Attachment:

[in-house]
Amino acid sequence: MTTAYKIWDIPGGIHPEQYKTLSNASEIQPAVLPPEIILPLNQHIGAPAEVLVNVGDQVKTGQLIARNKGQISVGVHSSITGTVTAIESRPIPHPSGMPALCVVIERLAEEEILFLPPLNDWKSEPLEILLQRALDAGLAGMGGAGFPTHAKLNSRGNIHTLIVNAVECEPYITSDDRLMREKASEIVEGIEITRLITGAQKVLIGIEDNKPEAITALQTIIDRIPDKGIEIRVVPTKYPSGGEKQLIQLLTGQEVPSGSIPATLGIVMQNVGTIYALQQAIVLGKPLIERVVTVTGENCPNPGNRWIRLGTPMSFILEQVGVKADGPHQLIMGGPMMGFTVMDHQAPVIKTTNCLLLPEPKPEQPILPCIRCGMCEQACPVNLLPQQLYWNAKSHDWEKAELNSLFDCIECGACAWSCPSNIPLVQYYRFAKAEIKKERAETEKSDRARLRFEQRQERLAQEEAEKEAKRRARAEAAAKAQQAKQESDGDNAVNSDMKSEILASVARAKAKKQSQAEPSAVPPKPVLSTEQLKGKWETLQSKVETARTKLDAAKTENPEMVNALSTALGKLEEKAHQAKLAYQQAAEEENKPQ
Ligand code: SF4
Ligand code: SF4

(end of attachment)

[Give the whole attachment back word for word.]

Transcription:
[in-house]
Amino acid sequence: MTTAYKIWDIPGGIHPEQYKTLSNASEIQPAVLPPEIILPLNQHIGAPAEVLVNVGDQVKTGQLIARNKGQISVGVHSSITGTVTAIESRPIPHPSGMPALCVVIERLAEEEILFLPPLNDWKSEPLEILLQRALDAGLAGMGGAGFPTHAKLNSRGNIHTLIVNAVECEPYITSDDRLMREKASEIVEGIEITRLITGAQKVLIGIEDNKPEAITALQTIIDRIPDKGIEIRVVPTKYPSGGEKQLIQLLTGQEVPSGSIPATLGIVMQNVGTIYALQQAIVLGKPLIERVVTVTGENCPNPGNRWIRLGTPMSFILEQVGVKADGPHQLIMGGPMMGFTVMDHQAPVIKTTNCLLLPEPKPEQPILPCIRCGMCEQACPVNLLPQQLYWNAKSHDWEKAELNSLFDCIECGACAWSCPSNIPLVQYYRFAKAEIKKERAETEKSDRARLRFEQRQERLAQEEAEKEAKRRARAEAAAKAQQAKQESDGDNAVNSDMKSEILASVARAKAKKQSQAEPSAVPPKPVLSTEQLKGKWETLQSKVETARTKLDAAKTENPEMVNALSTALGKLEEKAHQAKLAYQQAAEEENKPQ
Ligand code: SF4
Ligand code: SF4